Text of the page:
Privacy Advisor

Global Privacy Dispatches- Canada- Blood Tribe

September 1, 2008

By Terry McQuay, CIPP, CIPP/C

July 18, 2008 decision Canada (Privacy Commissioner) v. Blood Tribe Department of Health

While investigating an access request complaint (access denied), the assistant commissioner ordered the Blood Tribe Department of Health (Blood Tribe) to produce certain documents, for which it claimed solicitor-client privilege in order to determine whether there had been a breach of its access request obligations under the Personal Information Protection and Electronic Documents Act (PIPEDA).

Blood Tribe refused to produce the documents and sought judicial review of the production order from the federal court. In dismissing the application, the federal court's March 8, 2005 decision noted that:

  • Parliament has given the commissioner the power to intervene in disputes between individuals and organizations,  the responsibility to determine the facts and to prepare a report on her findings;
  • the commissioner cannot effectively perform her role if she is denied access to the information necessary to ascertain the facts merely on the assertion of a claim of privilege;
  • there was not a substantial and unacceptable risk of broader disclosure as an assurance of confidentiality, supported by the scheme of PIPEDA, offered at the outset of the investigation;
  • the production order issued by the commissioner will not limit or deny any solicitor-client privilege that the applicant may have in the documents;• the commissioner is given extraordinary powers to allow her to effectively conduct investigations and those powers can be exercised in the same manner and extent as a superior court of record which can compel production of documents to assess claims of privilege.

Blood Tribe appealed the federal court's decision to the Federal Court of Appeal. The appeal court, in its October 18, 2006 decision allowing the appeal and vacating the commissioner's order for production of records, noted that

  • the substantive rules for solicitor-client privilege  include that it will protect a record regardless of the legal setting where the competing right arises and a law which expressly authorizes interference with the privilege is to be limited;
  • express language is required to abrogate solicitor-client privilege and PIPEDA has no such express language;
  • although the commissioner submits that she must be able to test claims of solicitor-client privilege, no facts are alleged to demonstrate why the privileged documents are in any way necessary to her investigation;
  • the exercise of the commissioner's power to compel and examine solicitor-client privileged records was a violation of that privilege;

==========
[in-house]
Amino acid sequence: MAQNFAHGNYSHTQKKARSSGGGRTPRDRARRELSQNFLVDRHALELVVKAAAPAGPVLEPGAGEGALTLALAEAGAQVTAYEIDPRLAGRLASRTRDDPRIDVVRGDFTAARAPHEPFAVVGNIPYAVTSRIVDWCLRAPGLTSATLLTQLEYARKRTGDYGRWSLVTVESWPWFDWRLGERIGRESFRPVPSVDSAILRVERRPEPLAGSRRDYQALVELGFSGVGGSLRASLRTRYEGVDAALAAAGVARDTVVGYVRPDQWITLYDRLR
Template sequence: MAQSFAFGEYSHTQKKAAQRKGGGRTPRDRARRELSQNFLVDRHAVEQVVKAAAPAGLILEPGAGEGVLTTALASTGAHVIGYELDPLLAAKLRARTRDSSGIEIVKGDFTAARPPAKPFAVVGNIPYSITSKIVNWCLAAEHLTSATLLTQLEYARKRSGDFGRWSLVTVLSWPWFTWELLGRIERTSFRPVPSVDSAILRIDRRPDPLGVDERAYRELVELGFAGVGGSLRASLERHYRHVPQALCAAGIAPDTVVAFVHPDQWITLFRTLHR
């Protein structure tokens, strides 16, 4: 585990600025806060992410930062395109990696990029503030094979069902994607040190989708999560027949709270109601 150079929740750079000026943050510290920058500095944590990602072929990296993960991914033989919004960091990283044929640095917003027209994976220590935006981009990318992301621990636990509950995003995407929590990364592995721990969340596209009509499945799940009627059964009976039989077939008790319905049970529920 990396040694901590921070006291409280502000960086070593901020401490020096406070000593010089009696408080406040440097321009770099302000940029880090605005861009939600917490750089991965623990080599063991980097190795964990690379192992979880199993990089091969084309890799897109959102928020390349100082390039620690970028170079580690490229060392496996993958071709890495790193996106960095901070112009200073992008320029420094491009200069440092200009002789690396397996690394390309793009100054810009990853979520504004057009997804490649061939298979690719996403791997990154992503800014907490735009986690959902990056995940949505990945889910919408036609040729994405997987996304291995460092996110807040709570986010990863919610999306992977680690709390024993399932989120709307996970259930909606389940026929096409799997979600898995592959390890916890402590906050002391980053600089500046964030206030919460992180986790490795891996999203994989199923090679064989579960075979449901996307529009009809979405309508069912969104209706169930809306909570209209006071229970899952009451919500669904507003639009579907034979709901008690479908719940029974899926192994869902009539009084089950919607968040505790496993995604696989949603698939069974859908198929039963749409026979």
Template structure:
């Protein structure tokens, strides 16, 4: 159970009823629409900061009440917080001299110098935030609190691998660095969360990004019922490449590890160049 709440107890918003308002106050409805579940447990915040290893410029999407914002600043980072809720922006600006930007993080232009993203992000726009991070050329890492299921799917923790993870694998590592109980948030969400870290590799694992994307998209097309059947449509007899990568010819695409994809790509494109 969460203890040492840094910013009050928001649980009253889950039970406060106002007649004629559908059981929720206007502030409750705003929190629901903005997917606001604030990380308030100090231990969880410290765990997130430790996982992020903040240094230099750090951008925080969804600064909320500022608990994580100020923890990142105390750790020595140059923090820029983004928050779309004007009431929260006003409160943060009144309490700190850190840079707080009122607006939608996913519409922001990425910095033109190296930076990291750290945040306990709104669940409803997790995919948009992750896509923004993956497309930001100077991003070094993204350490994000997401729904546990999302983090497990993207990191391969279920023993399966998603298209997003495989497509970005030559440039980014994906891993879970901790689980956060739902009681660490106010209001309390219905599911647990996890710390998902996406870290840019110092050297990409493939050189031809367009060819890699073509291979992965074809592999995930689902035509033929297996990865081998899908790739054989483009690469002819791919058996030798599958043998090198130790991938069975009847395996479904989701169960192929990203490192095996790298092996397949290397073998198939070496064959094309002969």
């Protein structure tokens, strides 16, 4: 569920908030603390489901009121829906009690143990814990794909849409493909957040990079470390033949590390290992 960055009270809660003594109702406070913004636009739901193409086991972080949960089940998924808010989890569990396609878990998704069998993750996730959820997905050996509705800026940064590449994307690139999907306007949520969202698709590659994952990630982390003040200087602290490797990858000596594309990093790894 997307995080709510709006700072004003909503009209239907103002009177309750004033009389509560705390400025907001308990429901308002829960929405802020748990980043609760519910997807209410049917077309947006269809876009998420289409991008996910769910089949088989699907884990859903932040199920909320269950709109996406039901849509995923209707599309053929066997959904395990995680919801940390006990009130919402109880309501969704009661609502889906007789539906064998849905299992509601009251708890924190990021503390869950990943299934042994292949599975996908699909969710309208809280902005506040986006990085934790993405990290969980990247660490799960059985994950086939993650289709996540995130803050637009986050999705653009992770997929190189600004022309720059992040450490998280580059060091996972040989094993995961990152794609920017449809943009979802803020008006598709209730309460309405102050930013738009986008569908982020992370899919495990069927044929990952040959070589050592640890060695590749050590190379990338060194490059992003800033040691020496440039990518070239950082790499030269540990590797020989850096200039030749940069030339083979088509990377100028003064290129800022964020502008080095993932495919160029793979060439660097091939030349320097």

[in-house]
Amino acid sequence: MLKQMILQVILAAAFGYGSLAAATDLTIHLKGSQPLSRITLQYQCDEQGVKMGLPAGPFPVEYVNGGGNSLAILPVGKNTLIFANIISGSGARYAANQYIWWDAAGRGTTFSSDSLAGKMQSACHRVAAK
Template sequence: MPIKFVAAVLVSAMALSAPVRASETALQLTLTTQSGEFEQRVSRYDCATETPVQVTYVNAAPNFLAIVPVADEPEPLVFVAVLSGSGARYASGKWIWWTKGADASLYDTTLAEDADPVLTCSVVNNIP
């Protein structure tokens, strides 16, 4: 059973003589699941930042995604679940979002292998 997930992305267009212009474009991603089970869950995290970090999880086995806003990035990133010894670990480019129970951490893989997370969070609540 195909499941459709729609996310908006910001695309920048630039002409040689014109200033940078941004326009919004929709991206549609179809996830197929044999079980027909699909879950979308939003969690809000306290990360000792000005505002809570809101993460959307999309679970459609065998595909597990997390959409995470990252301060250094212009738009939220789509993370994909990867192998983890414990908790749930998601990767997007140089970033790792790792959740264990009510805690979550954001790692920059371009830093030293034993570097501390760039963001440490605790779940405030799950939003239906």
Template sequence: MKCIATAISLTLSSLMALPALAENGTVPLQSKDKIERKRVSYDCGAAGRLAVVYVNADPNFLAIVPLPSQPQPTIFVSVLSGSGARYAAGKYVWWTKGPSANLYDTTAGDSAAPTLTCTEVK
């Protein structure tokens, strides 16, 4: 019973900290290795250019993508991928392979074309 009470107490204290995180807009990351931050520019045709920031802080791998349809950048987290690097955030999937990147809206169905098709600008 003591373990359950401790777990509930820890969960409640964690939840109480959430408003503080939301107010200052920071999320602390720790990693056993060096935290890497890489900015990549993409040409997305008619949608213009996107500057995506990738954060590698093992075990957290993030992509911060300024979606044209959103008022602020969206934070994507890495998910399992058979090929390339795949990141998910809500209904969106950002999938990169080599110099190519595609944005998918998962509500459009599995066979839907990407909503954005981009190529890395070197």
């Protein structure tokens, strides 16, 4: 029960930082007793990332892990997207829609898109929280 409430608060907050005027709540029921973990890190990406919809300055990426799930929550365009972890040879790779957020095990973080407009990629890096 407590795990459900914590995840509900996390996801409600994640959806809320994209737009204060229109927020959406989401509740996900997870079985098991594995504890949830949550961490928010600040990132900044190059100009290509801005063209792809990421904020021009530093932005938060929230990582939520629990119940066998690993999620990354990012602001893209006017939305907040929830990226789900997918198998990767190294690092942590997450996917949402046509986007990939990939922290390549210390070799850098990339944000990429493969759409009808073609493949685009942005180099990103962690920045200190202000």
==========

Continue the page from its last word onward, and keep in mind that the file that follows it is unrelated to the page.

• the commissioner's power being exercisable in the same manner and extent as a superior court was not intended to empower the commissioner with the jurisdiction of a superior court;
  • the commissioner's ability to conduct her investigation is not fettered by a rule that protects privileged communication.

The commissioner's appeal to the Supreme Court was dismissed with costs. The court, in its July 18, 2008 decision, determined that

  • any legislative language that may allow incursions on solicitor-client privilege must be interpreted restrictively;
  • solicitor-client privilege is fundamental to the proper functioning of the legal system;
  • open—textured language governing production of documents will not be read to include solicitor—client documents;
  • claims of privilege over documents containing personal information of others must be independently verified to give proper meaning to the fundamental right of access to one's personal information;
  • there was no basis put forward by the privacy commissioner to show that the privilege was not properly claimed;
  • the only reason asserted for compelling the production and inspection of the documents is that Blood Tribe indicated that such documents existed—no necessity arising from the circumstances of inquiry was claimed;
  • the privacy commissioner's view is that piercing the privilege would become the norm rather than the exception in the course of her everyday work;
  • PIPEDA does not implicitly grant the privacy commissioner the power to review documents where solicitor-client privilege is claimed—either to verify the privilege claim, or for any other purpose;
  • to a client, compelled disclosure to an administrative officer, even if not disclosed further, would constitute an infringement of the privilege;
  • although PIPEDA does give the privacy  commissioner some court-like procedural powers, she is not a court of law—in pursuit of her mandate she may become adverse in interest to the party whose documents she wants to  access—not true of a court;
  • the privacy commissioner has not made out a case that routine access to solicitor-client confidences is "absolutely necessary" to achieve the ends sought by PIPEDA;
  • the privacy commissioner has at least two alternative effective and expeditious means of exercising her authority to ensure PIPEDA requirements are met:

          o refer a question of solicitor-client privilege to the federal court; and
          o report an impasse over privilege in her report of findings and, with the agreement of the complainant, bring an application to federal court for relief.

Terry McQuay, CIPP, CIPP/C, is the Founder of Nymity, which offers Web-based privacy support to help organizations control their privacy risks. Learn more at